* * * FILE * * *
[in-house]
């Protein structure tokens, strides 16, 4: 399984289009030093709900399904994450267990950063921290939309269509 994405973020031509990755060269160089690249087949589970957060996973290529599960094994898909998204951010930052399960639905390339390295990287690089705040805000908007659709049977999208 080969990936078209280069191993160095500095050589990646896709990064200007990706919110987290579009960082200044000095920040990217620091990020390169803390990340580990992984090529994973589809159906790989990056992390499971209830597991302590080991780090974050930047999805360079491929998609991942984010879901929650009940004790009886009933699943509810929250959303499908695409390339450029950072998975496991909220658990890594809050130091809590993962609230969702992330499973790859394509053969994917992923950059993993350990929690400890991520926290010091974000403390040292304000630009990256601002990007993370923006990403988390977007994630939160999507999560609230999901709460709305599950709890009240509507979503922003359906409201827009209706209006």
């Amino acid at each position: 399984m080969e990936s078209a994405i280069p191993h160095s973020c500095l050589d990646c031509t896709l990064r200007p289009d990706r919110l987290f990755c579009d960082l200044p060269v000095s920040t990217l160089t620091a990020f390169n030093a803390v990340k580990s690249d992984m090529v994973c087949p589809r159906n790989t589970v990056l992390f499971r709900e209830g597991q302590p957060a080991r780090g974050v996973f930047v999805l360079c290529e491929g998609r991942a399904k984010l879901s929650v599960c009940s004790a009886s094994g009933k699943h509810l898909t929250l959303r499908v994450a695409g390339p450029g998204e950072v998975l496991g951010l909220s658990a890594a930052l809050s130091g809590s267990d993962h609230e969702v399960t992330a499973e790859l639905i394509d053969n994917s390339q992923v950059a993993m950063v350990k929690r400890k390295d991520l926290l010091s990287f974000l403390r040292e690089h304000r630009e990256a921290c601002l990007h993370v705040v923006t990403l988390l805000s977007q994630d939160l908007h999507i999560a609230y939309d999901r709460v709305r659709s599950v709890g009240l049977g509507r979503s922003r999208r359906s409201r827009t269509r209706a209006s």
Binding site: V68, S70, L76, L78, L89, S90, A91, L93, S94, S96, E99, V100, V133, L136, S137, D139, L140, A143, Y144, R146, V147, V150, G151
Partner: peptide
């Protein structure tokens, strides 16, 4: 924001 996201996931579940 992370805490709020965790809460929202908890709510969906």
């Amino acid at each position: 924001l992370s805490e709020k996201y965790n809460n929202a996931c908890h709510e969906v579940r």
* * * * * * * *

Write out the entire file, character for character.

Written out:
[in-house]
């Protein structure tokens, strides 16, 4: 399984289009030093709900399904994450267990950063921290939309269509 994405973020031509990755060269160089690249087949589970957060996973290529599960094994898909998204951010930052399960639905390339390295990287690089705040805000908007659709049977999208 080969990936078209280069191993160095500095050589990646896709990064200007990706919110987290579009960082200044000095920040990217620091990020390169803390990340580990992984090529994973589809159906790989990056992390499971209830597991302590080991780090974050930047999805360079491929998609991942984010879901929650009940004790009886009933699943509810929250959303499908695409390339450029950072998975496991909220658990890594809050130091809590993962609230969702992330499973790859394509053969994917992923950059993993350990929690400890991520926290010091974000403390040292304000630009990256601002990007993370923006990403988390977007994630939160999507999560609230999901709460709305599950709890009240509507979503922003359906409201827009209706209006």
């Amino acid at each position: 399984m080969e990936s078209a994405i280069p191993h160095s973020c500095l050589d990646c031509t896709l990064r200007p289009d990706r919110l987290f990755c579009d960082l200044p060269v000095s920040t990217l160089t620091a990020f390169n030093a803390v990340k580990s690249d992984m090529v994973c087949p589809r159906n790989t589970v990056l992390f499971r709900e209830g597991q302590p957060a080991r780090g974050v996973f930047v999805l360079c290529e491929g998609r991942a399904k984010l879901s929650v599960c009940s004790a009886s094994g009933k699943h509810l898909t929250l959303r499908v994450a695409g390339p450029g998204e950072v998975l496991g951010l909220s658990a890594a930052l809050s130091g809590s267990d993962h609230e969702v399960t992330a499973e790859l639905i394509d053969n994917s390339q992923v950059a993993m950063v350990k929690r400890k390295d991520l926290l010091s990287f974000l403390r040292e690089h304000r630009e990256a921290c601002l990007h993370v705040v923006t990403l988390l805000s977007q994630d939160l908007h999507i999560a609230y939309d999901r709460v709305r659709s599950v709890g009240l049977g509507r979503s922003r999208r359906s409201r827009t269509r209706a209006s």
Binding site: V68, S70, L76, L78, L89, S90, A91, L93, S94, S96, E99, V100, V133, L136, S137, D139, L140, A143, Y144, R146, V147, V150, G151
Partner: peptide
């Protein structure tokens, strides 16, 4: 924001 996201996931579940 992370805490709020965790809460929202908890709510969906």
């Amino acid at each position: 924001l992370s805490e709020k996201y965790n809460n929202a996931c908890h709510e969906v579940r």